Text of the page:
"BEYKOZ" STYLE GLASS


Decanter Cesm-i Bulbul 19th cent.

The glass making as an art form and a form of craftsmanship, in the Ottoman style has its roots in the Seljuks and the Byzantian empire. This style reached its peak in the 19th century. The historical locality of "Beykoz" was the center of many glass workshops during this century. The first of these workshops was established by Mehmeh Dede during the reign of III.Selim (1789-1807). He learned the glass making art in Venice and used an opal glass technique. Some famous European artists were invited to work in this workshop.

Ewer 19th cent.

Another important workshop/production facility was founded in Incirkoy by the governor of Bursa (a province) and called "Cesm-i Bulbul". Later, the management of Cesm-i Bulbul was turned over to the 'Government Mint' administrator Tahir Efendi. All glassware produced in Beykoz and Incirkoy facilities are called "Beykoz Style". Since we know that the Ottomans were importing glassware from France and Bohemia at the same time with very specific style requirements, they were all called "ala Turka" or "alla Turchesca". Because of the distinct style of these imported pieces and also the existance of the European artists working in Beykoz and Incirkoy it is hard to say much about the original roots of the "Beykoz Style" name tag. But we know that this style reflects the Ottoman sense of taste and appreciation of this creative field of art.

The Beykoz Style glasses are categorized in four distinct groups:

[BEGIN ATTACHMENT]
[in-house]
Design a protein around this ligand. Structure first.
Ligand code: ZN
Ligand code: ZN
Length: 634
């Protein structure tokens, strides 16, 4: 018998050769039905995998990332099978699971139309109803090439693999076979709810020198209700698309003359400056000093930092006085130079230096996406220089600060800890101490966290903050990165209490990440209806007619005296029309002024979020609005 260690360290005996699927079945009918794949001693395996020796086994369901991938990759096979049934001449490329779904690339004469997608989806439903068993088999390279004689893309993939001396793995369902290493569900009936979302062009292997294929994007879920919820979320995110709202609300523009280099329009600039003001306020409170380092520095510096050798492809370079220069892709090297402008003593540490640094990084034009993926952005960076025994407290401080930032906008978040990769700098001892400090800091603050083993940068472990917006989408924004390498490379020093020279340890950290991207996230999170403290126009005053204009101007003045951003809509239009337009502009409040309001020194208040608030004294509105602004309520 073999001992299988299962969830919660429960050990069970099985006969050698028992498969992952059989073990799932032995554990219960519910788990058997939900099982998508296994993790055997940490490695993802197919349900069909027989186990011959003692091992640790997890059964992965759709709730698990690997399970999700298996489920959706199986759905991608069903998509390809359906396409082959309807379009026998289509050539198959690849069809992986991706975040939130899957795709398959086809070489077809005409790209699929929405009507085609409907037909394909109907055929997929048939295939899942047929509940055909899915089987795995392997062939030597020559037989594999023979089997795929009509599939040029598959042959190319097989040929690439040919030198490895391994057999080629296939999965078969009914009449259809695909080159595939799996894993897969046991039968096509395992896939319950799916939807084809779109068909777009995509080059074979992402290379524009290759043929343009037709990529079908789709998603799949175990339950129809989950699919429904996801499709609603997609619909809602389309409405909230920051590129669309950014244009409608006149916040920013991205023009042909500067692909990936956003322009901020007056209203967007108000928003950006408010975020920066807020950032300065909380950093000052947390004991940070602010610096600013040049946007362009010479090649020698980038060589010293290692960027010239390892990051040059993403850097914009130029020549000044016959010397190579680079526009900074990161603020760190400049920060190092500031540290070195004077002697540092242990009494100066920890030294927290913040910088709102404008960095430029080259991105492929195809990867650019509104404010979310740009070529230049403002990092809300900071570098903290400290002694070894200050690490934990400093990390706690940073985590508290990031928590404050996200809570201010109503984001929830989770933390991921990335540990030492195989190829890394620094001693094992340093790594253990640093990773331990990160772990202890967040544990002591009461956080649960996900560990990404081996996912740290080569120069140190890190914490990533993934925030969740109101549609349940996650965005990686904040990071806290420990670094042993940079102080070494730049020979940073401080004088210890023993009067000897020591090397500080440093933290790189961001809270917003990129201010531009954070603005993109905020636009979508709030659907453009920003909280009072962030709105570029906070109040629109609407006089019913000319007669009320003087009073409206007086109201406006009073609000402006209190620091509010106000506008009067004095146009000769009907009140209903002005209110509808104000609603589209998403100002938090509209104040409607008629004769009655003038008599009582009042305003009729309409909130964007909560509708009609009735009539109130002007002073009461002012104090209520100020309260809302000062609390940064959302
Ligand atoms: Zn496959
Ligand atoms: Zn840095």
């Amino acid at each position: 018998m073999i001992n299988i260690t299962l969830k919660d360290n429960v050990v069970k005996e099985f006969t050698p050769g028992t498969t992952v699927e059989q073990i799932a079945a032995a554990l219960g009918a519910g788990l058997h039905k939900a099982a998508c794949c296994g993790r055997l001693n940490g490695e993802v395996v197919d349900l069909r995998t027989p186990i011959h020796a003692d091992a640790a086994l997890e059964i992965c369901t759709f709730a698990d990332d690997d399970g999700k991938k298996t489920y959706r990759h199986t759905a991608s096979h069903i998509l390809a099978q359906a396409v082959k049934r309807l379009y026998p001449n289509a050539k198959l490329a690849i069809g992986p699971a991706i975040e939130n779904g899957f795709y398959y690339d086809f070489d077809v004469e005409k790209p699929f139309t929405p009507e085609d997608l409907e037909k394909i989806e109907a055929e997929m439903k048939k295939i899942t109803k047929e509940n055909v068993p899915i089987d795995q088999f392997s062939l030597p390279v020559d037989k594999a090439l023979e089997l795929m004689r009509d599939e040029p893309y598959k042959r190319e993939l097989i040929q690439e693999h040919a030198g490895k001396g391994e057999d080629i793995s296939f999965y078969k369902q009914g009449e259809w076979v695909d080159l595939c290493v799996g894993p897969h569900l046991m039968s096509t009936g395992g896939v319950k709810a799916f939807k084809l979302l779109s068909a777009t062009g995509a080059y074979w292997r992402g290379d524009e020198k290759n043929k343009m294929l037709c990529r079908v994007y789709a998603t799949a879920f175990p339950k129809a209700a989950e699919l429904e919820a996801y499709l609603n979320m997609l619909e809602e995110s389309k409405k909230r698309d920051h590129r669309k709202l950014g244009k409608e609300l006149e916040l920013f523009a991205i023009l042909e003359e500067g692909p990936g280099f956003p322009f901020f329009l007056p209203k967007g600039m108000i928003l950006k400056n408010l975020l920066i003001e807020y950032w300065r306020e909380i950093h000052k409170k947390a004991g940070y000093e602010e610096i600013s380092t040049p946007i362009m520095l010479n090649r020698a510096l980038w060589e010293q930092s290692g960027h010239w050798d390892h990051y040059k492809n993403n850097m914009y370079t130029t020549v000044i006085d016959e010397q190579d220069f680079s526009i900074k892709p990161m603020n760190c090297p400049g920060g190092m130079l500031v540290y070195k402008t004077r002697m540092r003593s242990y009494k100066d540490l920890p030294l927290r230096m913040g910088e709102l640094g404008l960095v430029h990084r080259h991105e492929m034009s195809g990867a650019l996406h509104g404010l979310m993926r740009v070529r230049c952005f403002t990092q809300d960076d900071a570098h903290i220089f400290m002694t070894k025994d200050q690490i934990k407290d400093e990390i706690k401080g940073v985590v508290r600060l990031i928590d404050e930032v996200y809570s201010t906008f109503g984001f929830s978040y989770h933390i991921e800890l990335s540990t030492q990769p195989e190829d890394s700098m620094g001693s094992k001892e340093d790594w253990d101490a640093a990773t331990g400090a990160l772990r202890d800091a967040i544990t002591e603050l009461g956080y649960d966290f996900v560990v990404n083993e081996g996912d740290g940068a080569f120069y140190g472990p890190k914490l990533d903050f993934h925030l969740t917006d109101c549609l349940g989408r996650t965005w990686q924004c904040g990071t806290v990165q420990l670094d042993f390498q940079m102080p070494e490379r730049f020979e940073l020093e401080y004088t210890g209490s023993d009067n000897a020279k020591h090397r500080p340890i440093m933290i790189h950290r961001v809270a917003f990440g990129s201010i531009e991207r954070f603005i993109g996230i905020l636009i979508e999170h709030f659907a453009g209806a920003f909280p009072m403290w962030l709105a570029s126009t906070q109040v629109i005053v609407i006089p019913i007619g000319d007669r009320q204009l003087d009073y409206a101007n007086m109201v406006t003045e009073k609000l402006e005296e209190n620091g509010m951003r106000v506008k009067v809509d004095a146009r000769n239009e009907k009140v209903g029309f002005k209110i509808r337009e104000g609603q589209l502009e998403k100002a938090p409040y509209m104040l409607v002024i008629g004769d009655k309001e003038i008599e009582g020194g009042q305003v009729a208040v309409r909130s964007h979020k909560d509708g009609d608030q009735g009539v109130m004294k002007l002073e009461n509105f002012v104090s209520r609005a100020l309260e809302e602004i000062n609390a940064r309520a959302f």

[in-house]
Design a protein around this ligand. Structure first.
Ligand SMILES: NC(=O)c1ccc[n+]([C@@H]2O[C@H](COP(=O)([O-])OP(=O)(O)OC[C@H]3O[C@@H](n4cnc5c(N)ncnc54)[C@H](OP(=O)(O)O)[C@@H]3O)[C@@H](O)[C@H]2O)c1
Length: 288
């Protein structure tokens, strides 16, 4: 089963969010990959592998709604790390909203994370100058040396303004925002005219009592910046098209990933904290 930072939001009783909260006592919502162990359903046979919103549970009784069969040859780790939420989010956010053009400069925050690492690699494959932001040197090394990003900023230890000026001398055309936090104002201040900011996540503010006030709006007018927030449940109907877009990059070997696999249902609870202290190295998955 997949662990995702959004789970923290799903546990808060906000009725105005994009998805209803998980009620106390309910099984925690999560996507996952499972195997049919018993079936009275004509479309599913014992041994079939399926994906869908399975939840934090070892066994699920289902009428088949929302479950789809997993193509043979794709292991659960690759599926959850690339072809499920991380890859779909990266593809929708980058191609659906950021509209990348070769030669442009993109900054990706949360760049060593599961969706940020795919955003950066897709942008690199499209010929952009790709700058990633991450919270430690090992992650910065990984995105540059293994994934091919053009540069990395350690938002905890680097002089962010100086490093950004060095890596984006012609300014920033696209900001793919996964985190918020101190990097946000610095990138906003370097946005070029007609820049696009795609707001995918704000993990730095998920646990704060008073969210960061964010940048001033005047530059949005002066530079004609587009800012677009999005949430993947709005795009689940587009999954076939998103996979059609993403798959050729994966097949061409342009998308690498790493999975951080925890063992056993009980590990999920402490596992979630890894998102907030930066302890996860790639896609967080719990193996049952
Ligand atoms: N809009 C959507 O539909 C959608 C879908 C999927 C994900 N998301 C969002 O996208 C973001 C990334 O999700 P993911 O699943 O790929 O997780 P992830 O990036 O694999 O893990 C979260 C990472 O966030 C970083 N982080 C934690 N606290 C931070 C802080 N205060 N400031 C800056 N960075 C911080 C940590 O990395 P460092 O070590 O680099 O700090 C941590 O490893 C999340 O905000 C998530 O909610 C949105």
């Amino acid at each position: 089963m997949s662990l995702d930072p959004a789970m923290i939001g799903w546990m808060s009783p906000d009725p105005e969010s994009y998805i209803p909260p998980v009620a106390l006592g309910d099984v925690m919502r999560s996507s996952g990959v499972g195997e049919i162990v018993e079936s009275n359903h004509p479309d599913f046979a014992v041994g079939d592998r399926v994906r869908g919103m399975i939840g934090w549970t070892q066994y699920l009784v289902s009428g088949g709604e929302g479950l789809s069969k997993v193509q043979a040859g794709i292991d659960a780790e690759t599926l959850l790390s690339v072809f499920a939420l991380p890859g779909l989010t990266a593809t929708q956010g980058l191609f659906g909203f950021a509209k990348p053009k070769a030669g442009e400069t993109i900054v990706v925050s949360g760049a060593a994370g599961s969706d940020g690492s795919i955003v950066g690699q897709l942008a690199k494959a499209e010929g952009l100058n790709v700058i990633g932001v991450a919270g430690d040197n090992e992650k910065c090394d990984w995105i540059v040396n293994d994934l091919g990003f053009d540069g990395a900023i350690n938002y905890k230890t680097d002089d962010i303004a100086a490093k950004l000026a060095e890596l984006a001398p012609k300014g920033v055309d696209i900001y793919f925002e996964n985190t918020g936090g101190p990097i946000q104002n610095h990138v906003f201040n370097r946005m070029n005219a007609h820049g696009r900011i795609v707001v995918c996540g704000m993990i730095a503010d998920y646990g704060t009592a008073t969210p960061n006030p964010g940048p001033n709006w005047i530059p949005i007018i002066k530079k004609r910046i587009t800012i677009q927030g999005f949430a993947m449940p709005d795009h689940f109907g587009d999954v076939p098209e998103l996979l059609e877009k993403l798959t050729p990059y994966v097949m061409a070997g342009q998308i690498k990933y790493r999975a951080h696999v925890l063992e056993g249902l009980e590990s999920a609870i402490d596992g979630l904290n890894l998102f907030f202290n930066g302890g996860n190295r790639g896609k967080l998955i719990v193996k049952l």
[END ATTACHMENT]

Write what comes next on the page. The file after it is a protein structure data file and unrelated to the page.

1. The initial models of Beykoz style glasses were usually colorless and made of crystal. Other than the known forms of glass bowls and ewers, large bottles and cups were common. They were generally decorated with gilded rose and parsley figures. The lid handles of these glasswares resemble the hats of Mevlevi dervishes.

Opal Decanter 19th cent.

2. The ones in the second group are similiar in form to the others but with a distinct color combination such as: red, cobalt blue, violet and dark blue. Gilding and enamel combinations are widely used in this style.

3. A large group of Beykoz style glass items were made with opal glass. This style was widely used in Europe since the 16th century and brought to Istanbul by Turkish artists with European experience and some European artists visiting the empire in the 19th century. The name "opal glass' comes from its resemblence of an opal color. During the later stages, opal glasses were manufactured with blue, violet, purple, green and yellow colors.

The early and simple technique to make opal glass was to add stannic oxide and ashes of bones to the normal glass mixture. This method was improved later on. The opal glass is a semi transparent material, with light scattering and reflecting properties.

4. In the last category we see "Cesm-i Bulbul" glasses. These are the most famous of all the 4 different groups of glasses. The name means 'the eye of the Nightingale' and it is a Persian word. The name either omes from the name of a locality where the factory was set up in the 19th century or from its resemblence to the patterns of the Nightingale's eyes. The most distinctive feature of Cesm-i Bulbul glass is the way it is made and how it looks. The glass bars are covered by a layer of molten transparent glass. The patterns and colors created by this method are very elegant and distinct.



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